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ATL spin-off firm will promote FirstSight handheld sonography


New firm may get boost from military purchasingThe Holy Grail of ultrasound is a scanner that can deliver high-quality images, yet is so portable that physicians can carry it like a stethoscope. ATL Ultrasound is about to take a giant step in that

New firm may get boost from military purchasing

The Holy Grail of ultrasound is a scanner that can deliver high-quality images, yet is so portable that physicians can carry it like a stethoscope. ATL Ultrasound is about to take a giant step in that direction. The Bothell, WA, company is in the final stages of developing a handheld ultrasound unit that promises to deliver diagnostic information at the examination table, bedside, or even in the field, such as at the scene of an accident.

"We expect it will break the paradigm of small systems meaning less quality or less resolution," said Kevin Goodwin, vice president and general manager of ATL's Handheld Systems Business Division. "The basic ultrasound performance will be substantial enough that it will be a valuable clinical product."

The first prototype of the unit, called FirstSight, is expected within the next few months, and the launch of a commercial product is scheduled for 1999. ATL is preparing to apply to the Food and Drug Administration for clearance to market a FirstSight system designed for the women's health market. The absence of a working prototype is not expected to be a problem, Goodwin said.

"We've already done preliminary work with the FDA to understand the submission requirements, and we are confident that we're going to have a normal approval cycle, based on predicate devices," he said.

Just as these new devices will change the setting in which ultrasound-based diagnoses are rendered, the maturation of the technology will soon lead to a change of venue for Goodwin and his staff. Best known for premium products such as HDI 5000, ATL this spring plans to spin off the handheld ultrasound division into a freestanding, publicly held company. The new company will remain in the Bothell area, near its parent, but will occupy a separate building away from the ATL campus.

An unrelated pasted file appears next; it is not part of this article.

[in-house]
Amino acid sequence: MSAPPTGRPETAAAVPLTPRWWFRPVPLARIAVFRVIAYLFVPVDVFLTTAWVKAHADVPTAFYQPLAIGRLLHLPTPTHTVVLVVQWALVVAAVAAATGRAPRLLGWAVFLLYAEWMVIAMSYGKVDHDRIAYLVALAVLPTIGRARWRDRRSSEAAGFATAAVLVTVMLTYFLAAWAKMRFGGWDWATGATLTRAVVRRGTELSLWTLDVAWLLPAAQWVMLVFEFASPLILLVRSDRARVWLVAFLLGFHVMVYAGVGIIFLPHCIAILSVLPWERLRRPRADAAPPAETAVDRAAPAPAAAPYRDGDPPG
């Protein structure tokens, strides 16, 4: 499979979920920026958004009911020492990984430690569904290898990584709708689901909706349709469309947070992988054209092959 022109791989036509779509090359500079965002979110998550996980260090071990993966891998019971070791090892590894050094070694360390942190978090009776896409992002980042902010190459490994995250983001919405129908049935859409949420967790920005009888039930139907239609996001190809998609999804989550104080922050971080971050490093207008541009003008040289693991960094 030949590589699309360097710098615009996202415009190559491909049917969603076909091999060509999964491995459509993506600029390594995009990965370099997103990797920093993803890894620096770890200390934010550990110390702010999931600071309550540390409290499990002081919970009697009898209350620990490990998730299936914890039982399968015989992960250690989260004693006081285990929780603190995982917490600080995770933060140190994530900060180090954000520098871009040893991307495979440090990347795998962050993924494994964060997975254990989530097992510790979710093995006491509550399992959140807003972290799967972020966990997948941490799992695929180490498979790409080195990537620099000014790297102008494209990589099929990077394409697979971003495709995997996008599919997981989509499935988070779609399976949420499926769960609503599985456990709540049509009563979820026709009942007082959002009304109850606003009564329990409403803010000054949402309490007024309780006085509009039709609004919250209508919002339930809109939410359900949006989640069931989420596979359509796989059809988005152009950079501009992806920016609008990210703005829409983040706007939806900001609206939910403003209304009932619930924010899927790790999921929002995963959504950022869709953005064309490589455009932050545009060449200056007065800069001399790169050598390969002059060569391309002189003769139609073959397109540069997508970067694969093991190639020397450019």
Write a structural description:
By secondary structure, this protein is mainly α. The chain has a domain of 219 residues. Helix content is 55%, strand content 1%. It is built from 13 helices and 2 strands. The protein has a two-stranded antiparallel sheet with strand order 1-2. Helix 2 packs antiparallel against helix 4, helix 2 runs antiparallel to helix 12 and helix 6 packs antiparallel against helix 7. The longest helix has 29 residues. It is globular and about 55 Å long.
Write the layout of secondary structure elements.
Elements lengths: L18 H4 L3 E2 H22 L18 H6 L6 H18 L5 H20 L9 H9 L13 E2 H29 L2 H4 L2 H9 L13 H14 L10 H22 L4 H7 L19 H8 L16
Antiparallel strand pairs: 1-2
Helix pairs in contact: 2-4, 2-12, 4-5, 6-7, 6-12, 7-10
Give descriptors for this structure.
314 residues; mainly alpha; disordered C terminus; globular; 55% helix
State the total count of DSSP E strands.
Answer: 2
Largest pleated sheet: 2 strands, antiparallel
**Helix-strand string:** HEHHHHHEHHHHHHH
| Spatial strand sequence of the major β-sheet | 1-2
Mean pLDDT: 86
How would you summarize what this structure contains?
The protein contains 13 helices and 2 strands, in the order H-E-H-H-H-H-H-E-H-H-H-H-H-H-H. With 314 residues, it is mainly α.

The two companies will continue to work together, however. Various services, possibly including manufacturing, will be transferred from parent to spin-off. When the spin-off takes place, ATL will transfer $15 million to the fledgling company, followed by a second $15 million payment in January 1999. ATL shareholders will get one share of the new company as a tax-free stock dividend for every three they hold in ATL. Goodwin will become CEO and president of the newly formed company.

The women's health system to be released next year will be the first of a family of handheld products. Other devices in the product family will be developed for use by specialists of internal medicine and for emergency medical applications. The finished products are expected to weigh less than five pounds and sell for less than $20,000.

"We found through research that there appears to be a place for very high quality, ultra-portable, hand-carried ultrasound tools, and (this technology) has the potential to cross a broad range of clinical segments in a useful way," Goodwin said. "We've seen positive responses from virtually every segment, including the traditional users of ultrasound, such as radiology. So it would appear that the need for such a mix (of devices) is out there."